~ I was walking through the quad area during lunch time when an entire salad hit me in the back. Lettuce, dressing and other condiments covered my upper body like the blood covered Carrie at her prom. Okay, not quite as bad, but I had a new, expensive dress on that was instantly and irreparably ruined. Since the quad was full of people, and because the cold salad shocked me enough to make me shriek, I had at least twenty five percent of the entire school staring at me. Then they all started to laugh. I looked behind me to see the girls who did it. The same girls who rubbed their tampons all over me. I don't know their names, or maybe I forgot them. They were congratulating each other. I stood there while everyone around me guffawed, and not a single soul offered to help me. I had to push through laughing faces to reach the office and call my mom. My mom brought me a change of clothes and cleaned out my hair the best she could. She raised Hell at the school, but the girls who threw the salad wouldn't come forward. The school officials decided what to do after my mom left, and I'll never forget overhearing them, "it isn't worth the trouble looking for who did it, and we can't punish the whole school over a salad."
They thought it happened over food. I felt like the stupid salad was more important than my feelings. I didn't matter enough for a single person to stand up for me. I wasn't worth the trouble.
To make matters worse, my dad got exasperated after hearing about how I had yet another temper tantrum at home. My dad had trouble accepting my diagnosis, and tried to push me to be more mature and more like my peers. I never could. I still can't. I was told I was acting like a baby if I cried, showed anger or laughed too loud. I started believing that any show of emotion was "too immature." I punished myself for showing emotions by scratching my arms and legs bloody with push pins and blaming the cats for the marks. I couldn't be "me" anywhere except in Dr. B's office, where I would vent and rage until my appointment time was up.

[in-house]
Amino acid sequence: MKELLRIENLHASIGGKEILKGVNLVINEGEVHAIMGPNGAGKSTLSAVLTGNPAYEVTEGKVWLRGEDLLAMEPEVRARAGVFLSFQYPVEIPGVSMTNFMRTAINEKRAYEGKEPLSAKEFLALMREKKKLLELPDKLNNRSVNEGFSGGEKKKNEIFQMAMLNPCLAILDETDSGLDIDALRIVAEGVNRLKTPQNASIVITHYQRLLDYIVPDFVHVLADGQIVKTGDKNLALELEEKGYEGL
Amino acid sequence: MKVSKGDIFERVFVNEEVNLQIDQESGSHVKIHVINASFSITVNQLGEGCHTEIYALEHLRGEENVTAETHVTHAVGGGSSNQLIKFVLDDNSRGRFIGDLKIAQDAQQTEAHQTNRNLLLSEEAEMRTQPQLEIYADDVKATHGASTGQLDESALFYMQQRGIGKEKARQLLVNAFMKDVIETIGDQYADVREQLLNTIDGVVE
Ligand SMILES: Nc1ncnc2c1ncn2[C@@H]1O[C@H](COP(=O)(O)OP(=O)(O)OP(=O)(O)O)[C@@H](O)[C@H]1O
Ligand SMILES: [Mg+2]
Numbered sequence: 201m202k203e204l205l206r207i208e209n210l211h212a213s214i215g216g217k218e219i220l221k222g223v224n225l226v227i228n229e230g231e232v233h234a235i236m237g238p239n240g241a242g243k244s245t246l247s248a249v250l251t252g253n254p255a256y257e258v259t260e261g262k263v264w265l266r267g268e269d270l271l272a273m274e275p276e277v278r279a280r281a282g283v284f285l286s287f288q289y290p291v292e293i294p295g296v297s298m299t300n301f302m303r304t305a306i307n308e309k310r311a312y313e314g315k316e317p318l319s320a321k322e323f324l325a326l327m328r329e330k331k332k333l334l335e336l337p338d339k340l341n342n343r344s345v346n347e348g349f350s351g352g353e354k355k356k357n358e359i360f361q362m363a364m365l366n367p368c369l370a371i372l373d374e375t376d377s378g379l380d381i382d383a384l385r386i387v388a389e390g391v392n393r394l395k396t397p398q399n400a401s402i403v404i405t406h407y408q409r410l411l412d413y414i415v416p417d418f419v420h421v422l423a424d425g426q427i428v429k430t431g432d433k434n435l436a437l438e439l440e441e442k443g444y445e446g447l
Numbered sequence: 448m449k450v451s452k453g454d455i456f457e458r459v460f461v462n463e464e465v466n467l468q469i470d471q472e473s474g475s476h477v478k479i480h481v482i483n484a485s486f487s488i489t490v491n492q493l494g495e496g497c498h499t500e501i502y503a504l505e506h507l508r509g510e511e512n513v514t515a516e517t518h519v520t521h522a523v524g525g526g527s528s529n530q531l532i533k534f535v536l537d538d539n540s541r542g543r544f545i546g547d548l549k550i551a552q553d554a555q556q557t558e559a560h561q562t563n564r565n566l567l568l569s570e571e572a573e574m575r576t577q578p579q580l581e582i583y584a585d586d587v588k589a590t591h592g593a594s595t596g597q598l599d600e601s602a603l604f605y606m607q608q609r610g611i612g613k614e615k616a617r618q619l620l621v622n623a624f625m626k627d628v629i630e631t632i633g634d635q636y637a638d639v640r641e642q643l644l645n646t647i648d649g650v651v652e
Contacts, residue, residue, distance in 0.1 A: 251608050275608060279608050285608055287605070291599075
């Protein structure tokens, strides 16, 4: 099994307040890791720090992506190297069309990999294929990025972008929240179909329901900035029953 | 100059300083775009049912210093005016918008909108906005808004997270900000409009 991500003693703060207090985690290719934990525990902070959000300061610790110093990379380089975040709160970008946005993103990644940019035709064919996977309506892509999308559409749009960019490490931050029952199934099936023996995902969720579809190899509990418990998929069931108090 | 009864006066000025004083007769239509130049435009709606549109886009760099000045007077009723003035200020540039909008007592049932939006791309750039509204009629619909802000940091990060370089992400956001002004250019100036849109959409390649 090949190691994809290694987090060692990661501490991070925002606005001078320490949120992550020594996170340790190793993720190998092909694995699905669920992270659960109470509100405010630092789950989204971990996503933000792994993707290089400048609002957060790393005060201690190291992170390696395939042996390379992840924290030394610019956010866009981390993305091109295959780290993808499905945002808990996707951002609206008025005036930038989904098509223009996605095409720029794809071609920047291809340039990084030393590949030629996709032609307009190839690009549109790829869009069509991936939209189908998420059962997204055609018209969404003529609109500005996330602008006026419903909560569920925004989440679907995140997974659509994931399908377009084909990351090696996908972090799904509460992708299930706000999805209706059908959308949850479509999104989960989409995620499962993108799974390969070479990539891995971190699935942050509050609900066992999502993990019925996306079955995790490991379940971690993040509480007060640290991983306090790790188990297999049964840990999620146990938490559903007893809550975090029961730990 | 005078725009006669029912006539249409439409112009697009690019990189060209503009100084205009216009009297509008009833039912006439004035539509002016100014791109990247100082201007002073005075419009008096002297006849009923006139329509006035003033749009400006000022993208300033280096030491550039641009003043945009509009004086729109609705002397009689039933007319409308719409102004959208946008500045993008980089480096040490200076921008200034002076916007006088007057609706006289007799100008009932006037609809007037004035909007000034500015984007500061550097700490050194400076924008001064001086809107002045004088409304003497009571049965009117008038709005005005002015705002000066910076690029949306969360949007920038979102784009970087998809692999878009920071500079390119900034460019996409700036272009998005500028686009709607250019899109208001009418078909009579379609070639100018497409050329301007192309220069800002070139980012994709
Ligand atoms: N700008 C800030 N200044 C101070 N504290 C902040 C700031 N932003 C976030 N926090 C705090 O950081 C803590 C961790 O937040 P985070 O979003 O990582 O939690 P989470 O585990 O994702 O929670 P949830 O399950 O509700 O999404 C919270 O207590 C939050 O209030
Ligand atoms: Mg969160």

The night of the salad incident(I begged my mom not to tell my dad, and she didn't), my dad got tired of me complaining about how people were so nasty at school. He said, "Well, what did YOU do to cause these kids to tease you?"
I wanted to respond, "Gee, dad, why do they do it? I EXIST!"
Today, I don't think my dad realizes how much his remark hurt me. I never told him. He wanted me to fit in with my peers just as badly as I wanted to fit in, but that was never to be.
I went silent about bullying after my own father unwittingly convinced me that I deserved it. I (erroneously) believed talking about it at home would get me in trouble, so I just stopped mentioning it. The salad incident was the last time I "told on" the people bullying me, and the experiences I describe below went completely unreported.